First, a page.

Thu May 15, 2003 12:59 PM ET
(Recasts, adds EU, lawyer, Microsoft comment)
By Lucas van Grinsven and Siobhan Kennedy
AMSTERDAM/NEW YORK, May 15 (Reuters) - Microsoft MSFT.O is offering large discounts on its products and has dedicated funds for a battle against the licence-free Linux operating system, measures that may run afoul of European competition rules.
But the company declined to comment a newspaper report that its previous sales chief had sent a email a year ago authorising executives to offer steep discounts as a way of preventing customers from buying Linux.
The discounts cash-rich Microsoft is said to be offering may put further pressure on the world's largest software maker which is under investigation by European market regulators for abusing its market dominance.
Microsoft said it used two funds as part of its Linux strategy. One aimed at governments and the educational sector and a second was aimed at enabling its sales force to undercut competitors who sell Linux software. "The primary objective (of the government and education program) is to make technology available to customers at low prices. We believe that this programme makes good business sense," said Microsoft spokesman Jim Desler in Seattle.
"There are (also) business investment funds. We use them in the case of a major competitor -- in this case it was IBM IBM.N -- dropping prices for services consulting and Microsoft responding with a program to compete," he said.
The news that Microsoft has set up funds to compete against Linux first emerged in the International Herald Tribune newspaper which said it had obtained internal Microsoft emails.
"Under NO circumstances lose against Linux," Orlando Ayala, chief sales executive, was quoted saying by the newspaper.
Microsoft is the operating software on more than 90 percent of desktop computers around the world, while it is pushing into the market for more powerful and expensive computers. A range of Microsoft rivals are promoting Linux as a cheap alternative to Microsoft's Windows.
"If it's true the discounts would constitute an abuse. It would a be an infringement of case law involving article 82: no discounting by a dominant company that excludes competition," said Thomas Vinje, a competition law attorney at Morrison & Foerster in Brussels who is involved in cases against Microsoft.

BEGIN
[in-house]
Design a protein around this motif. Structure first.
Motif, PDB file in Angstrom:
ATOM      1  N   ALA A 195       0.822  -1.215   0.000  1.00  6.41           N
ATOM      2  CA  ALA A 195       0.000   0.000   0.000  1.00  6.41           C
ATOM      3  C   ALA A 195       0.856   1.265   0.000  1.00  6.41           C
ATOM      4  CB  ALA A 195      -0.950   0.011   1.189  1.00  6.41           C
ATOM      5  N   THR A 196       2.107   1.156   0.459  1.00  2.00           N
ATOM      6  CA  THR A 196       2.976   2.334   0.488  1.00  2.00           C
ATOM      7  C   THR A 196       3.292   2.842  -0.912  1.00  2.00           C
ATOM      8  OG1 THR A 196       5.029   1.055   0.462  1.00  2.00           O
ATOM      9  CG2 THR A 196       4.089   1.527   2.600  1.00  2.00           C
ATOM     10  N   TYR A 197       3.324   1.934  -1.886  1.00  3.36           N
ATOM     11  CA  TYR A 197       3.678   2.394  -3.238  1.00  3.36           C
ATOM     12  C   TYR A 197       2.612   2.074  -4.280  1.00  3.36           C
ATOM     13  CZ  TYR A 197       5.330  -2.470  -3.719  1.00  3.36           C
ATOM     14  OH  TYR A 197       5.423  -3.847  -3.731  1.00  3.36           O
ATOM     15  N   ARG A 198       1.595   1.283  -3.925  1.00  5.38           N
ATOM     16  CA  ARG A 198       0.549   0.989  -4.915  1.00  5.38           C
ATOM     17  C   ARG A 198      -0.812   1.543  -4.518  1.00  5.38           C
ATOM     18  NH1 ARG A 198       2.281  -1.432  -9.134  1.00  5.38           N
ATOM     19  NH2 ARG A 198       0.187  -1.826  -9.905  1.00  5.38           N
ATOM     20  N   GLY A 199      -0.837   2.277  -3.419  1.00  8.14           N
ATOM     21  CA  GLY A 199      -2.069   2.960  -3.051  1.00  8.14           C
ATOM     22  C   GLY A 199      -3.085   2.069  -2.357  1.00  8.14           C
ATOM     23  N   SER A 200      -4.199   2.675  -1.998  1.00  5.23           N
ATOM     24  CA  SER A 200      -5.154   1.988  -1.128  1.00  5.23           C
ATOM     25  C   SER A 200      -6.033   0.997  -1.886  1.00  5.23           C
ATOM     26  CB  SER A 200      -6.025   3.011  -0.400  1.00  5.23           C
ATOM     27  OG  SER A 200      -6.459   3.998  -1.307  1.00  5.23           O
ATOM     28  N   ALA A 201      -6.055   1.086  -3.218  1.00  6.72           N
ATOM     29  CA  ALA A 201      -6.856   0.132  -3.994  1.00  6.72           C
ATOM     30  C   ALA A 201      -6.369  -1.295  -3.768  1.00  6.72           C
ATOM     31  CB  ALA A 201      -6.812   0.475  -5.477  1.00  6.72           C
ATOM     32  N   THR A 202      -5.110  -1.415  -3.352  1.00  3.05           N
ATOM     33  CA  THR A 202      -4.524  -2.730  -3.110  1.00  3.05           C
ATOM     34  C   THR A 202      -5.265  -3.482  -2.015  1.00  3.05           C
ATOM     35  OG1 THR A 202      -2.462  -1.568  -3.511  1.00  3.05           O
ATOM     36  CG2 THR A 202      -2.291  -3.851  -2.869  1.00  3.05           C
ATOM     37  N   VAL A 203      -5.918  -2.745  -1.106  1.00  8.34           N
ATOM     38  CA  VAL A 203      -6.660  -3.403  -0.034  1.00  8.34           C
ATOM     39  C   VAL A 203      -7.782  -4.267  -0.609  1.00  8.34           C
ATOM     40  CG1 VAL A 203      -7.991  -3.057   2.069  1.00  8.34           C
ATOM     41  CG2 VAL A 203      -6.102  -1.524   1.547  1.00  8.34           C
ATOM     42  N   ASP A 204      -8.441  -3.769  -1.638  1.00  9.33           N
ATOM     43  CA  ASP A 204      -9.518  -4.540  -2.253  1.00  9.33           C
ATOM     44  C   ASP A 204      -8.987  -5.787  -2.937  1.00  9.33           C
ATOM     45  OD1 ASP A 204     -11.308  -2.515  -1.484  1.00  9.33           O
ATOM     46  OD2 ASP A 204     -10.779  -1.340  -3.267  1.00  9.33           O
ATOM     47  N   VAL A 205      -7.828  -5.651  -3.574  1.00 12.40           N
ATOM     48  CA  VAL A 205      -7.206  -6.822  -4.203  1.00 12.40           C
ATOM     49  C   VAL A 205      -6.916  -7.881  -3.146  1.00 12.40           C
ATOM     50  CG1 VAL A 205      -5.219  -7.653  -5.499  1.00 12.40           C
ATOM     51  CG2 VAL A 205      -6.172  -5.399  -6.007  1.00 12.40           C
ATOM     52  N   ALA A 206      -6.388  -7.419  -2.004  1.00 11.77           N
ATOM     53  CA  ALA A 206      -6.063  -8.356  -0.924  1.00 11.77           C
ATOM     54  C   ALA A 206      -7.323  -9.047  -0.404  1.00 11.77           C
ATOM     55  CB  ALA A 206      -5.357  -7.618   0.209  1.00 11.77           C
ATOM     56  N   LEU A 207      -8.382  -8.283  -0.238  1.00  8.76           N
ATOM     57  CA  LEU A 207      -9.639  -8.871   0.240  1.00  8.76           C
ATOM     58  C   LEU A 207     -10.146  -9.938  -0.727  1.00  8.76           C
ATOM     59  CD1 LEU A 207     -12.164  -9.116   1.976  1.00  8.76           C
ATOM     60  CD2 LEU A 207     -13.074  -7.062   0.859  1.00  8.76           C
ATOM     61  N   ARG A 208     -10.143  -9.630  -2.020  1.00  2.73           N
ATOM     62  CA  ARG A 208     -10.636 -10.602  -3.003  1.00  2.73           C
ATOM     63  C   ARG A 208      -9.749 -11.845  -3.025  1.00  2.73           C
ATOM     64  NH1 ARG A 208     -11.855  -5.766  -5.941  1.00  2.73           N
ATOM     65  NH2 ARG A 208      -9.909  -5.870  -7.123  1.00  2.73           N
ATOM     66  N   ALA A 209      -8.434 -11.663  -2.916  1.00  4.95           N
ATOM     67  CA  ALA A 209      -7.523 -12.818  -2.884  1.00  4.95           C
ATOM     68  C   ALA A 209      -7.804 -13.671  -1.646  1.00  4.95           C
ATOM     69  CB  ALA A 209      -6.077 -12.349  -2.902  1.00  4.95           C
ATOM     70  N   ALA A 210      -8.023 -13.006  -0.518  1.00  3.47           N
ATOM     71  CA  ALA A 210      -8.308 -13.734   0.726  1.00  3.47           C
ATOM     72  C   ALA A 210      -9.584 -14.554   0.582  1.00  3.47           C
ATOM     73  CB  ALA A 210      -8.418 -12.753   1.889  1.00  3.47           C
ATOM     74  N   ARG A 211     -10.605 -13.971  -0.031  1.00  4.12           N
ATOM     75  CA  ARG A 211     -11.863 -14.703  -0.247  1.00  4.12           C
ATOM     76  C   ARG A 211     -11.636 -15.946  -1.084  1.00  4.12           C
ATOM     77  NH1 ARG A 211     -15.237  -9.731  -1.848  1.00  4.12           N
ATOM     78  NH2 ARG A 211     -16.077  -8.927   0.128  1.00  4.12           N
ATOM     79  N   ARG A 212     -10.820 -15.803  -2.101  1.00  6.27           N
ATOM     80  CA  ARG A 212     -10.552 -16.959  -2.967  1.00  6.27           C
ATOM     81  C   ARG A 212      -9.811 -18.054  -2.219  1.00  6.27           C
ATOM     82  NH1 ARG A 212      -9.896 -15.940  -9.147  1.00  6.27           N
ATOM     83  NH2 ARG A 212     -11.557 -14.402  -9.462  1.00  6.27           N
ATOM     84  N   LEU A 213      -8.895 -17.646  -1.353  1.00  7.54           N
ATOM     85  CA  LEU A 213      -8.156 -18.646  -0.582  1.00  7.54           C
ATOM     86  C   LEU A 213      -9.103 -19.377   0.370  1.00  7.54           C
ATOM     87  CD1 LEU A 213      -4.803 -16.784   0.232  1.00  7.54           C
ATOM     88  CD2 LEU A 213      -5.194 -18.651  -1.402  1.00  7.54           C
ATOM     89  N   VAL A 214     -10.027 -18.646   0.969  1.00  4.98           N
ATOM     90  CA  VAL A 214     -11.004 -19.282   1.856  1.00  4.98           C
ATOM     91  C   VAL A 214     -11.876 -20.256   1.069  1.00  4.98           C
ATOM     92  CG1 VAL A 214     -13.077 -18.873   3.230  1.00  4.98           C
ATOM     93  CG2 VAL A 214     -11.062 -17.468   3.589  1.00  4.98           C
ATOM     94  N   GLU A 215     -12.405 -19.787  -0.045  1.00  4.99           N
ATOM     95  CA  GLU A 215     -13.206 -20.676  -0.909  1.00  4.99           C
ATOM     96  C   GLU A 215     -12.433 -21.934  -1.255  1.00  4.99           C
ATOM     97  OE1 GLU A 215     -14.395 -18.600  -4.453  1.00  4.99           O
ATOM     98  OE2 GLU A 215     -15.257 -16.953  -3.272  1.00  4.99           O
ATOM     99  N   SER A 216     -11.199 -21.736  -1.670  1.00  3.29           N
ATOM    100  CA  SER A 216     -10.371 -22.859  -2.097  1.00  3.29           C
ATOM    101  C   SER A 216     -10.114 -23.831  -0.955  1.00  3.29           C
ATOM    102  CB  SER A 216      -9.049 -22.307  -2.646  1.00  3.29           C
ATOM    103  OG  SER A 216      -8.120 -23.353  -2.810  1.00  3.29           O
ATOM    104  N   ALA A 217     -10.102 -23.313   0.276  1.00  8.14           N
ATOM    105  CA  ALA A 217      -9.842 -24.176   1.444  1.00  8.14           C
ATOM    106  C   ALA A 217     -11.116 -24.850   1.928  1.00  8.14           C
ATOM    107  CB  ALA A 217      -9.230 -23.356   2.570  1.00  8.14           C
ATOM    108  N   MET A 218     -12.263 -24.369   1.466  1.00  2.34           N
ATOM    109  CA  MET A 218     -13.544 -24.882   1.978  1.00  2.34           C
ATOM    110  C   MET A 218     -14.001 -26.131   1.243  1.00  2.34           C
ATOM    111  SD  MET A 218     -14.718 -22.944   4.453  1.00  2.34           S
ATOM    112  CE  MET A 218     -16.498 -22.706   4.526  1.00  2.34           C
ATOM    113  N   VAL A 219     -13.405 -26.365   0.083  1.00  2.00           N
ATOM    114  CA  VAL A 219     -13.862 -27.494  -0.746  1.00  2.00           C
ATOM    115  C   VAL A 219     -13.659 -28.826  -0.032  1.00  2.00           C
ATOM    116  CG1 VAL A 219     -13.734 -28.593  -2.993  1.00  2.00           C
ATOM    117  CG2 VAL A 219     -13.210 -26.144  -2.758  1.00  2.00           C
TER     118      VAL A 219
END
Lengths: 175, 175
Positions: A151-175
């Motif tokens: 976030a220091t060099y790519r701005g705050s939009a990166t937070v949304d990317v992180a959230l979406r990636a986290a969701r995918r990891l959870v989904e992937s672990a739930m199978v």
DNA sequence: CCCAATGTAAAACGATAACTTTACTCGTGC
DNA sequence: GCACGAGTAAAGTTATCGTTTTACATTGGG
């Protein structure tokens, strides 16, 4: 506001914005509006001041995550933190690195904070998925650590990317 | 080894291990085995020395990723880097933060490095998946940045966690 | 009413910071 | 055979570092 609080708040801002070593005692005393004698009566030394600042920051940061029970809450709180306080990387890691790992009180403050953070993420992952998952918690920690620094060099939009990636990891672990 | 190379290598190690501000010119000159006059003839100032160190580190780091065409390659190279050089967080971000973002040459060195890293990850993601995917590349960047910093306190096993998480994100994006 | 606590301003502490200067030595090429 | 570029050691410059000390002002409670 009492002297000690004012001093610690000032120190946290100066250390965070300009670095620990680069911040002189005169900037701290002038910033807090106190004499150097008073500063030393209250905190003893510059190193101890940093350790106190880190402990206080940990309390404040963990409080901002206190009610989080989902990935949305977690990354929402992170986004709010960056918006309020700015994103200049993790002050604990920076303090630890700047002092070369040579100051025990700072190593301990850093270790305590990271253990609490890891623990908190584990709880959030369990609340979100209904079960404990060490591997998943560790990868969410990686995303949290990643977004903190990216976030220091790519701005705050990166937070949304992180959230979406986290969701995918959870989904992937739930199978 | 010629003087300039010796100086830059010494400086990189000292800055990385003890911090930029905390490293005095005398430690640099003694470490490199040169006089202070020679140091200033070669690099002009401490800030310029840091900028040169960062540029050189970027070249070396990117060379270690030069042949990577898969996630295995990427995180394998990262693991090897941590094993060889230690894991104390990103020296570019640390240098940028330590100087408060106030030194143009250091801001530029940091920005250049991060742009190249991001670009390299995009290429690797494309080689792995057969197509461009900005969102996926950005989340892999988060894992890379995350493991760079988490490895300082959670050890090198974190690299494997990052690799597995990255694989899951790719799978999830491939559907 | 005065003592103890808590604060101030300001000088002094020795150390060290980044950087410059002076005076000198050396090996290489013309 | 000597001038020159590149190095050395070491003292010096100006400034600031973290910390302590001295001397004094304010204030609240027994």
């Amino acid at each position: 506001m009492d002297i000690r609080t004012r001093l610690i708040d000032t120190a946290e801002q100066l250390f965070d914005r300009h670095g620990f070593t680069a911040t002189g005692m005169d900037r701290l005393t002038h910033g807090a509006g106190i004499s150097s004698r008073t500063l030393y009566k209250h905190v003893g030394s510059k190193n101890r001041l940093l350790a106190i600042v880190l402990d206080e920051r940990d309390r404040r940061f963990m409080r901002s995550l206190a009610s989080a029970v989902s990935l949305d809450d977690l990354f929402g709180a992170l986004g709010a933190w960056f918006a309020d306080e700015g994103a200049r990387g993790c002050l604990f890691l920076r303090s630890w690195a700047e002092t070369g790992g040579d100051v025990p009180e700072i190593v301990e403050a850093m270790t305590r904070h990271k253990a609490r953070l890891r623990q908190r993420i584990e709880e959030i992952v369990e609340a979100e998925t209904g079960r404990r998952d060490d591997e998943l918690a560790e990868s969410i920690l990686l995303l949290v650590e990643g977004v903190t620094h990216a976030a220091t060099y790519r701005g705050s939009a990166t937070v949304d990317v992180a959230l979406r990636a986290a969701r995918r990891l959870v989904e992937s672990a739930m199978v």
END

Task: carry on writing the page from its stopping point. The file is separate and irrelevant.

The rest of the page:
Microsoft said it believed its programmes complied with all existing laws and regulations.
A spokeswoman for European Union competition commissioner Mario Monti declined comment.
Monti said in June 2001 after fining French tyre maker Michelin MICP.PA for keeping competitors out of the French tyre market that "dominant companies must be careful not to engage in practices that exclude other players from the market".
Governments and organisations in many countries are interested to use Linux on desktop computers, which is already a successful rival to Unix and Windows in server computers, used to power Web sites and corporate software.
Linux software runs 15 percent of all servers sold in Western Europe in 2002, compared with 56 percent of servers running on Windows, according to research group IDC.
LINUX CHANGES GAME
But just as Microsoft changed the computer industry 25 years ago when it started selling operating software as a separate product, Linux is changing the game again, analysts said.
"Linux software is owned by the software community. For Microsoft that's a very hard fight. If it says it doesn't want to lose against Linux, that's a statement against the community," said analyst Martin Hingley at IDC.
Linux is being distributed by hundreds of companies, which are not allowed to charge for the core software, but which do charge for modifications, services and maintenance. (Additional reporting by Tom Miles in Brussels)Posted by Muddy at May 15, 2003 01:53 PM | TrackBack